December 9th, 2019 | By: Wil Schroter | Tags: Funding
There it is:
That super awkward moment when we're about to turn the conversation with our rich Uncle Mortimer from "Well it's been great catching up on my new startup" to "Hey would you mind investing some of your hard-earned money into this venture?"
So how do we ask friends and family for money without it getting totally weird?
Is there a way to "pitch" that doesn't leave both sides feeling uncomfortable every Thanksgiving?
There are lots of different ways to ask for money, and most of them are really awful.
What we want to do is position the ask in a way that makes it clear we're asking for money, but also clear that it's not more important than the relationship.
Before we ask for money, we have to make sure there's some level of interest in the venture at all.
We can do this by asking if the person we're talking to would have any interest whatsoever being involved at any level whatsoever.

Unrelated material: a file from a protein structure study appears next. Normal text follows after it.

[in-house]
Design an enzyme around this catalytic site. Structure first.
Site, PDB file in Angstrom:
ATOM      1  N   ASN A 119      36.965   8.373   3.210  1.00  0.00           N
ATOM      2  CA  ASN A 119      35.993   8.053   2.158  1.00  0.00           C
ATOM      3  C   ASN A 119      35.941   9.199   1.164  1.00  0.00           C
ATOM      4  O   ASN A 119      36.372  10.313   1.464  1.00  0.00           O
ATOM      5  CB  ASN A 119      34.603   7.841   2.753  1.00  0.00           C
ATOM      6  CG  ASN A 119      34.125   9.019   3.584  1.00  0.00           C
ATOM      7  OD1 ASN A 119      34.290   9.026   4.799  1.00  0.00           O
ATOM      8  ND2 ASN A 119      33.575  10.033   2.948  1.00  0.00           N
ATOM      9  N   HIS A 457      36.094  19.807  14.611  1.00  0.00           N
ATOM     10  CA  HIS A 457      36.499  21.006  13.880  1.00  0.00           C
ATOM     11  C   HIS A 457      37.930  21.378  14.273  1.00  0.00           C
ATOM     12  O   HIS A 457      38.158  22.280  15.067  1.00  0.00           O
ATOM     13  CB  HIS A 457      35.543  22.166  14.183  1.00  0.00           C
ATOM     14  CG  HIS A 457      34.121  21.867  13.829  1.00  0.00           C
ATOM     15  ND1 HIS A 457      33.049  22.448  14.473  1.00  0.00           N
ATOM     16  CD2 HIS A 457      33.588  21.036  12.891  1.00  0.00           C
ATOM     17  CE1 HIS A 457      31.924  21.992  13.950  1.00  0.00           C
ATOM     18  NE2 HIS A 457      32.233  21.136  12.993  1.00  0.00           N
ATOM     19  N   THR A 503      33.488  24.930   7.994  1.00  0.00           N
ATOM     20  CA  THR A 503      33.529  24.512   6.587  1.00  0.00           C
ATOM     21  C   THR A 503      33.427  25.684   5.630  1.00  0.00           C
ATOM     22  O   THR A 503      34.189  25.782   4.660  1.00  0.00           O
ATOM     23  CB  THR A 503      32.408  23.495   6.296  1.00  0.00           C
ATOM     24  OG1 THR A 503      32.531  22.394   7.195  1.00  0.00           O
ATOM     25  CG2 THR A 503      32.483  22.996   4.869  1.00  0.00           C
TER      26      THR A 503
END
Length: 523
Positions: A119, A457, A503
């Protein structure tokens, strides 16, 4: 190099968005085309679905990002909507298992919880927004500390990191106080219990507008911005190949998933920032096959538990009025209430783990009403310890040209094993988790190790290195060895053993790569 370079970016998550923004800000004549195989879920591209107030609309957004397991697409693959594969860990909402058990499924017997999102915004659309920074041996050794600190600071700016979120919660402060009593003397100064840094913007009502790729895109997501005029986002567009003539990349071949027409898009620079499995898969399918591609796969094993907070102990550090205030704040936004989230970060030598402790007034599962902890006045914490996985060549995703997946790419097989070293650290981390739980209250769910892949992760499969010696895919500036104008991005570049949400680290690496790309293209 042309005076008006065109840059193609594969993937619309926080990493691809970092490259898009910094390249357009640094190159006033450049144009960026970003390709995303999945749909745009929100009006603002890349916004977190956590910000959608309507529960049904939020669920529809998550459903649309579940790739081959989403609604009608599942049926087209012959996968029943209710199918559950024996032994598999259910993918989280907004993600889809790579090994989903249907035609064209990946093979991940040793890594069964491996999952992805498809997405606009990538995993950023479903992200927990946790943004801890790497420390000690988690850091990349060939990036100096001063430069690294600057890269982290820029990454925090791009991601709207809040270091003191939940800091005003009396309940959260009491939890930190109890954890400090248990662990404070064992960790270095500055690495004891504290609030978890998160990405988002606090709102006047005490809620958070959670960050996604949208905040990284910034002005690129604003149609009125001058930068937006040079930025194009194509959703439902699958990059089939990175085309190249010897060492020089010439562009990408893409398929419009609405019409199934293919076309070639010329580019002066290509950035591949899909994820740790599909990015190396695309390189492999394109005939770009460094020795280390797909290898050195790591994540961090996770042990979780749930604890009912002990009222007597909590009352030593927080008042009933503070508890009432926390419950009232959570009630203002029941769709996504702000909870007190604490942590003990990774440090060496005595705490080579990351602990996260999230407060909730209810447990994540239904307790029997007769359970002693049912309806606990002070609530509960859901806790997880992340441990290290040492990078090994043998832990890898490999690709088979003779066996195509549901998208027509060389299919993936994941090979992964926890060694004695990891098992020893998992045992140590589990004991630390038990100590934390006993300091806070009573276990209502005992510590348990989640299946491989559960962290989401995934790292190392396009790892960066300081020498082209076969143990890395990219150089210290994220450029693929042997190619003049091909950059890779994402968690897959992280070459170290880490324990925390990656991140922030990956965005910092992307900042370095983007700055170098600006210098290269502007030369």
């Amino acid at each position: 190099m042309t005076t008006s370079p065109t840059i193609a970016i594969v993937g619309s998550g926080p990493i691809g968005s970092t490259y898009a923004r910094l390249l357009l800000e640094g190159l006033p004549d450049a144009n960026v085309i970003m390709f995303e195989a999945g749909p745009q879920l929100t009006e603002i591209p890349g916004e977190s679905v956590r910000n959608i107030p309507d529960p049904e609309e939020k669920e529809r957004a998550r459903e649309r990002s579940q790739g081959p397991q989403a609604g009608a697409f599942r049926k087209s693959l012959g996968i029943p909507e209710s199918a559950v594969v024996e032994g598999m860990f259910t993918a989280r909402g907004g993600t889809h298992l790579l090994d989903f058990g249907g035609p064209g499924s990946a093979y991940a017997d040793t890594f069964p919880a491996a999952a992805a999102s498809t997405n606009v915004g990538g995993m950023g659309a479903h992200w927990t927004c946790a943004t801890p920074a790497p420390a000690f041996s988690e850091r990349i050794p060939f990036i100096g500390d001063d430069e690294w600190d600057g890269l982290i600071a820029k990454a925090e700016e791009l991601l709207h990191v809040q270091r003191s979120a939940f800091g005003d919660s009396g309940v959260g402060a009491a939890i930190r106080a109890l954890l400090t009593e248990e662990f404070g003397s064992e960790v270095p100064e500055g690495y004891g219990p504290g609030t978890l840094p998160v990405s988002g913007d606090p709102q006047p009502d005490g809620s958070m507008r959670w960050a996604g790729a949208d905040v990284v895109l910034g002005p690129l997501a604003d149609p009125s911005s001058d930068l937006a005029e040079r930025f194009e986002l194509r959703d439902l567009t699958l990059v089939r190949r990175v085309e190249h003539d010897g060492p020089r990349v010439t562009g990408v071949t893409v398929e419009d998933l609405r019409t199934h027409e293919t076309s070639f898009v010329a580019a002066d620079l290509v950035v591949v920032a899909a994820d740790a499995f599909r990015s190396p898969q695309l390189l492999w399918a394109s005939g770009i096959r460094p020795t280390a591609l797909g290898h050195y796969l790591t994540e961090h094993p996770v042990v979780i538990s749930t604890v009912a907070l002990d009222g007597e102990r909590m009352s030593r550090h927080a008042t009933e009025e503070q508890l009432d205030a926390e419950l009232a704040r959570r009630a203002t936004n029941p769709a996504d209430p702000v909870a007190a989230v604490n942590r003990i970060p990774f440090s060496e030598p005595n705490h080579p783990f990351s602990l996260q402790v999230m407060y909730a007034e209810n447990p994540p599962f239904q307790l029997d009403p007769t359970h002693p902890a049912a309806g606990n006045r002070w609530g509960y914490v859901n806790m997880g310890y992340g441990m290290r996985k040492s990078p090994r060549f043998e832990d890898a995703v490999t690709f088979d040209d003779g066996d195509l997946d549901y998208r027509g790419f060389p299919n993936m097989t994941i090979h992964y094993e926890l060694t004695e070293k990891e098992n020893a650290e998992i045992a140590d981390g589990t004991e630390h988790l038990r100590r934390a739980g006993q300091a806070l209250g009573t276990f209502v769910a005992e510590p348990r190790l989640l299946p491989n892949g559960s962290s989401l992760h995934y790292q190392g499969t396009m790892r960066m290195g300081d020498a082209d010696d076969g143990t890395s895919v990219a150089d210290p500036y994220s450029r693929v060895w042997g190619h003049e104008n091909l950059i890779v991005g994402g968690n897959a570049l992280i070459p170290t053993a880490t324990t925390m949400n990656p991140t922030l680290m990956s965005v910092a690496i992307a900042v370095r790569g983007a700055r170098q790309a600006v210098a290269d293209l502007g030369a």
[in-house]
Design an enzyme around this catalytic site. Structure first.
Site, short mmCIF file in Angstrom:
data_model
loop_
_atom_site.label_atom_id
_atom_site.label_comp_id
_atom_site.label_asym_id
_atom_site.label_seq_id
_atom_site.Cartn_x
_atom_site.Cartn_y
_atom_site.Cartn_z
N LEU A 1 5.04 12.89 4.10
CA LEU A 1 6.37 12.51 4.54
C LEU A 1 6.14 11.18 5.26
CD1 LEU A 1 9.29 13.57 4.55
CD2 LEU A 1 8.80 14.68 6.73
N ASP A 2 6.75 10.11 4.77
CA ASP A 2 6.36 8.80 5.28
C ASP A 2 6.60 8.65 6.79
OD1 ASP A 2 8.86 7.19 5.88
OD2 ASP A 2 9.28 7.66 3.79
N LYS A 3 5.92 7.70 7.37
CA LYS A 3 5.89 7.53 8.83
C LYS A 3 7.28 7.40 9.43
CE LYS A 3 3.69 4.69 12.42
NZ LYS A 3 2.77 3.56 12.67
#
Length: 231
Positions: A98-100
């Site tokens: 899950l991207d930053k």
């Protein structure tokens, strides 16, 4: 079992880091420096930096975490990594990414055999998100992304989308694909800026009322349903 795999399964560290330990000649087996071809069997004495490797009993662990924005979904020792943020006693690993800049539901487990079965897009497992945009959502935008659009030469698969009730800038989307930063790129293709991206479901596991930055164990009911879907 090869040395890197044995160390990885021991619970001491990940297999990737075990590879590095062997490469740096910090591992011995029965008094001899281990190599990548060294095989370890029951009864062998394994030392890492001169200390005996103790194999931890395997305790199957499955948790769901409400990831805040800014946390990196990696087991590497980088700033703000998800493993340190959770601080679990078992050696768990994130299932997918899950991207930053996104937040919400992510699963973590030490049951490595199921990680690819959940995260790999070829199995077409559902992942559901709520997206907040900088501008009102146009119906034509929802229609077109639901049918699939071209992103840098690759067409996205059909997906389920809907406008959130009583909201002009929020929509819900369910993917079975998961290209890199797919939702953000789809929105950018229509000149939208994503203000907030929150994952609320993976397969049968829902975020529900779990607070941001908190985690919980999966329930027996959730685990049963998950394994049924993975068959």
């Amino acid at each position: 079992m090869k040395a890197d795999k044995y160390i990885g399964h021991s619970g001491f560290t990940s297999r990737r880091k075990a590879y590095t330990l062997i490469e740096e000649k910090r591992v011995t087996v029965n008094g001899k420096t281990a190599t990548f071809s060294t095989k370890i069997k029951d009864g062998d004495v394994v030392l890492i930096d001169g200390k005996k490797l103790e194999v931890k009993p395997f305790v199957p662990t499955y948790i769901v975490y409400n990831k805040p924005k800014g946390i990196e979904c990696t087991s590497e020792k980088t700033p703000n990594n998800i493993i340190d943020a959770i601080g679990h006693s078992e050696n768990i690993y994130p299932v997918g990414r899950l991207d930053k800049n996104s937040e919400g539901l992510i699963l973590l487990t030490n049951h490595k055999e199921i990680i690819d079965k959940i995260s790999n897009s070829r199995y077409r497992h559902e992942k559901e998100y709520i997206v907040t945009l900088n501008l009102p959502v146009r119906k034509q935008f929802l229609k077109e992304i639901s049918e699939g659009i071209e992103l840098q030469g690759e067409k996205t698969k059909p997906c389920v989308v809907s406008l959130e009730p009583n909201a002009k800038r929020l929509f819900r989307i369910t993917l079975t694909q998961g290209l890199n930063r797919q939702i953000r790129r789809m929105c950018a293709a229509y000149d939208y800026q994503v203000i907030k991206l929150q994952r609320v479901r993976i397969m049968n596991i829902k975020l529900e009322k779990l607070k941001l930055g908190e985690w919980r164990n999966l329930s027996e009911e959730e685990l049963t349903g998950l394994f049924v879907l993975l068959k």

We can begin by getting the sense for whether they want to be an Advisor, which could lead to an investor later. We're looking for some indication that they are willing to spend time and resources toward this venture.
If they don't seem to be leaning in at any point, asking for a bunch of money is definitely not the right closing move!
Good ol' Uncle Mortimer is going to be far more freaked out if we try to box him in with our ask.
If we say "Will you please invest $25K in our startup?" then we're forcing an immediate, "yes" or "no" answer. That's not a problem if the answer is a resounding "YES!" But let's face it, it's probably not that.
That's where our challenge comes in.
Instead, let's give him an out. Let's ask "We're raising $25K for our startup. We'd love to see if you or anyone you know might be interested in getting involved at some point."
In that simple sentence, we just gave Mortimer a chance to say "No" to being an investor but offer some help on where he might be able to point us elsewhere.
By leaving the time frame in which we hope to secure the investment more open-ended ("at some point"), we're not forcing him to pull out his checkbook immediately.
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Wil Schroter is the Founder + CEO @ Startups.com, a startup platform that includes Bizplan, Clarity, Fundable, Launchrock, and Zirtual. He started his first company at age 19 which grew to over $700 million in billings within 5 years (despite his involvement). After that he launched 8 more companies, the last 3 venture backed, to refine his learning of what not to do. He's a seasoned expert at starting companies and a total amateur at everything else.